Superchargers run off a belt on your crankshaft, and turbos get their power from high-pressure exhaust gases. Other than that, they're identical in terms of function. Turbos and superchargers are air compressors that shove more air into an engine than the pistons would be able to suck in on their own. More air equals more oxygen, which means that the engine can burn more fuel and make more power. However, compressing air also causes it to heat up, reducing its oxygen density and increasing the odds of detonation in the cylinder. So the trade-off is that you do get more horsepower out of the same displacement, but eventually you'll reach a point of diminishing returns where boost pressure is concerned.
There's nothing new about boosting an engine for more horsepower and torque; turbochargers and superchargers actually date back to the turn of the 20th century. After shrinking enough for use in mobile applications, turbo-superchargers saw use in high altitude aircraft, where they compressed air in the engine to prevent power loss at high altitude. There's no doubt about it; boost will add power, but it might not be in as linear a way as you might think.
Boost and Horsepower
The general rule of thumb is that, not accounting for temperature-induced power losses, a turbo will increase horsepower by about 7 percent per pound of boost over a naturally aspirated configuration, and a supercharger will increase it by 5 or 6 percent per pound of boost. The supercharger's return is a bit lower because it takes power from the crankshaft to turn the compressor, which a turbo does not. If your example engine makes 150 horsepower naturally aspirated, then you can estimate an extra 10.5 horsepower per pound of boost with a turbo and 7.5 to 9 more horses for a supercharger. If you're running 8 psi of boost, then that's an approximate 234 horsepower with a turbo and 210 to 222 with a supercharger.
Adiabatic efficiency is a measure of how well the supercharger or turbo compresses air without causing it to heat more than absolutely necessary. The compressor's AE range depends upon the ratio of pressure it produces to the amount of air it can flow, and all compressors have a "sweet spot" where they function at maximum efficiency. Manufacturers test compressors to produce what are called "boost maps" -- charts that index a compressor's efficiency. Small turbos will tend to be very efficient over a wide range of boost pressures, but have limited airflow. Large compressors offer more airflow, but tend to have a narrower efficiency range.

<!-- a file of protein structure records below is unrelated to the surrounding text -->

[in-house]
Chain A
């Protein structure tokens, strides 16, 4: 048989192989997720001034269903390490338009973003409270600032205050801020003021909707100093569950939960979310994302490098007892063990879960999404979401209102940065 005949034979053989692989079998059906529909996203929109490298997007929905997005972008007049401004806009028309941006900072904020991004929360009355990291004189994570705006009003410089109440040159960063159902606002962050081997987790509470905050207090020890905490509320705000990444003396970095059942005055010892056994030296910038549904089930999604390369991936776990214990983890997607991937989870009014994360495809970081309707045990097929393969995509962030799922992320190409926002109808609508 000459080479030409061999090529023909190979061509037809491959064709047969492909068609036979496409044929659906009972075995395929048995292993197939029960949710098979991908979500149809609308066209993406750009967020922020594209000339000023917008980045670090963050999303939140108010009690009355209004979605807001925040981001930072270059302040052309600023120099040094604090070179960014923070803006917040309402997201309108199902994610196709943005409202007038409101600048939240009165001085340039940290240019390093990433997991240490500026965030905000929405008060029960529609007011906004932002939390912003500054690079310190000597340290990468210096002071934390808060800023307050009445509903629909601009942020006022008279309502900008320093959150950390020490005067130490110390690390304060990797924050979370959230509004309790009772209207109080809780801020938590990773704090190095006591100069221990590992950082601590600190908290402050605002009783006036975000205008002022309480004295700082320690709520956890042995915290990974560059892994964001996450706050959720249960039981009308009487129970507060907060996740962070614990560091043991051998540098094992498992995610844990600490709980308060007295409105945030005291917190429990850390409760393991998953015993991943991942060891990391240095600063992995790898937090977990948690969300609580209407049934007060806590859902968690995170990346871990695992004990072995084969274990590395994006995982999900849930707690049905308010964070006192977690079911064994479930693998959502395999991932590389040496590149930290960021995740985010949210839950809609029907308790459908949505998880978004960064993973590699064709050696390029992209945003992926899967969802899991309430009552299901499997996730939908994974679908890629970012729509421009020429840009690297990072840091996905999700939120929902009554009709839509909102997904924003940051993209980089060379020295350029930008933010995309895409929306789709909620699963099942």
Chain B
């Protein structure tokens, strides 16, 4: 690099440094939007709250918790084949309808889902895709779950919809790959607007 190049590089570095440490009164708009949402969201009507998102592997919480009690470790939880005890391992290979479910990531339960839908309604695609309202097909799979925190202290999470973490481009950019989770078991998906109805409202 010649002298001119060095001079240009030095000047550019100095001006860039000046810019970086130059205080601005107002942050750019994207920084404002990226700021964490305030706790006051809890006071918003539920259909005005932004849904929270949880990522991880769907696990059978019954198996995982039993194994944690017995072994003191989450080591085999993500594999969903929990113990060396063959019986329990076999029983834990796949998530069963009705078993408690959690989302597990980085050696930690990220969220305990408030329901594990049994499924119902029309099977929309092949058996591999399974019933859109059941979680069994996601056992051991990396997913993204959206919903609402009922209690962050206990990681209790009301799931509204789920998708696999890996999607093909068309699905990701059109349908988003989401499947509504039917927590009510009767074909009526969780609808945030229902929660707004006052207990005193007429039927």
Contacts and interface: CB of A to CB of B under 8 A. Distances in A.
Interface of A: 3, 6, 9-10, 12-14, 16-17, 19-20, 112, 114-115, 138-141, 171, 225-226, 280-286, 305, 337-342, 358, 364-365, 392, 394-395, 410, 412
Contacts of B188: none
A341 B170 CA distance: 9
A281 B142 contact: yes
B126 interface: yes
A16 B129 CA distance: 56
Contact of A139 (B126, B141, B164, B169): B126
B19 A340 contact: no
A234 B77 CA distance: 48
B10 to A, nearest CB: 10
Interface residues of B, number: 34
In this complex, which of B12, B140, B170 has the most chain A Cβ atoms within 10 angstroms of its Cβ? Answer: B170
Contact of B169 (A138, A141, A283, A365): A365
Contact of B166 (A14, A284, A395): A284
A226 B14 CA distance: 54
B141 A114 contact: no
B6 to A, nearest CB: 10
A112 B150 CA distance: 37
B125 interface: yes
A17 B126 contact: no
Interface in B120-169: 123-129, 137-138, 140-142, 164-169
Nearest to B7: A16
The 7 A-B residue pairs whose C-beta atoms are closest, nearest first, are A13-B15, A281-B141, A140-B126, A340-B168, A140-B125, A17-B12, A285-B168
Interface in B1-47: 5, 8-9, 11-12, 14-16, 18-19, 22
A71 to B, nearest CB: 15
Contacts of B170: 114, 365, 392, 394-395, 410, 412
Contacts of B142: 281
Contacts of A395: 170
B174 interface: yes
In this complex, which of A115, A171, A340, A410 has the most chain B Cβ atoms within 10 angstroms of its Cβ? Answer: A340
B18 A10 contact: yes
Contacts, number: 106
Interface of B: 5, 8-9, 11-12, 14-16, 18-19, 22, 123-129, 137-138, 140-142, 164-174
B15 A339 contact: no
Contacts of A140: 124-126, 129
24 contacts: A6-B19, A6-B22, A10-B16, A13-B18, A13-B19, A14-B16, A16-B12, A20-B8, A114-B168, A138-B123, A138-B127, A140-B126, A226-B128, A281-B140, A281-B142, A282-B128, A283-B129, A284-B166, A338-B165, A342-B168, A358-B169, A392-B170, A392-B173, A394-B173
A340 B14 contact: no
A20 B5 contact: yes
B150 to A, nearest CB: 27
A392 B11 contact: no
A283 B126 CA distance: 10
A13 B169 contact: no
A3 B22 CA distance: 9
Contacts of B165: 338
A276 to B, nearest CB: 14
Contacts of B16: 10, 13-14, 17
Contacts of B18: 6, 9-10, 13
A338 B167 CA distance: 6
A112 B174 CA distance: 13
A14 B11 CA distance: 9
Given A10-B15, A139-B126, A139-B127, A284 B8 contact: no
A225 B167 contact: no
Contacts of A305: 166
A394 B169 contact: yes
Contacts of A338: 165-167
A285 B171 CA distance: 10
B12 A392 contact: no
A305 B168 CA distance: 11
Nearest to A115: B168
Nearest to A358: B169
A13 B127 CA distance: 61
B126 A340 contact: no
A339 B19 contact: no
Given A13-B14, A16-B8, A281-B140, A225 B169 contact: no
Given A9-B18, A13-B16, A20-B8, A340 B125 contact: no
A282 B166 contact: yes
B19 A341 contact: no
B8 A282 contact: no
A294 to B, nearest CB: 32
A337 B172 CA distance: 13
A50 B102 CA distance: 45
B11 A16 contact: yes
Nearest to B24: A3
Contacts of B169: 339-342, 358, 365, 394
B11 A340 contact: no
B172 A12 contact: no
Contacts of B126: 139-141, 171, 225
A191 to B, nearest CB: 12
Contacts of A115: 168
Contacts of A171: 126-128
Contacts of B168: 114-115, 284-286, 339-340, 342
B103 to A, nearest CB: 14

Adiabatic efficiency and efficiency ranges are crucial where turbo selection is concerned, since power drops by about one percent for every 10-degree Fahrenheit increase in temperature. So, if your compressor drops out of its efficiency range and starts producing 70 degrees more heat than it needs to, then you're effectively down one pound of boost's worth of power and you decrease the engine's octane tolerance. This point of diminishing returns tends to happen around 7 to 8 psi of boost, so consider an intercooler mandatory for anything over that.
The Golden Rule of Turbos
With all that said, here is the single most important consideration where turbo engineering is concerned: boost itself is irrelevant, airflow is everything. High boost pressures mean nothing if you're only using them to compensate for terrible airflow through the cylinder head, and your quest for power will ultimately hit a thermal wall if you don't build the engine itself first. Airflow through your cylinder heads, and intake and exhaust manifolds will have an exponential effect once boost hit the engine, so building an engine right in the first place will allow you to run a few pounds less boost while maintaining the same horsepower and torque levels. That means a cooler, longer-lasting and more octane-tolerant engine that still produces the power you want.
Applying the Golden Rule
Consider this scenario: A novice engine builder and a seasoned pro are competing to do a turbo buildup on an engine that makes 200 horsepower in stock form. The goal is to make 500 horsepower. The novice's approach might be to simply bolt a massive turbo to the engine, one with enough juice to produce 21.4 psi of boost pressure (200 x 0.07 = 14 horsepower per pound of boost). These extremely high boost pressures would necessitate a massive, slow-spooling turbo, an intercooler, 114-octane race gas and maybe even a water spray system to keep the engine together. The more experienced builder would port his cylinder heads, install a larger camshaft and bolt on a free-flowing intake to bring naturally-aspirated power up to about 250. Now, horsepower per pound of boost is up to 17.5, so he only needs 14.2 psi of pressure to get to 500 horsepower. From here, the wise builder can use a quicker-spooling, more efficient turbo, a smaller intercooler to enhance boost response and can run his beast on the street with 93 octane fuel. Even better, if said builder wanted to run race gas and crank the boost 21.4 psi for track day, he'd end up with an extra 126 horsepower over his bolt-on wonderboy rival. Feh...kids.
- "Maximum Boost: Designing, Testing and Installing Turbocharger Systems"; Corky Bell; 2003
- "Turbo: Real-World High-Performance Turbocharger Systems"; Jay K. Miller
- "Turbochargers"; High MacInnes; 2001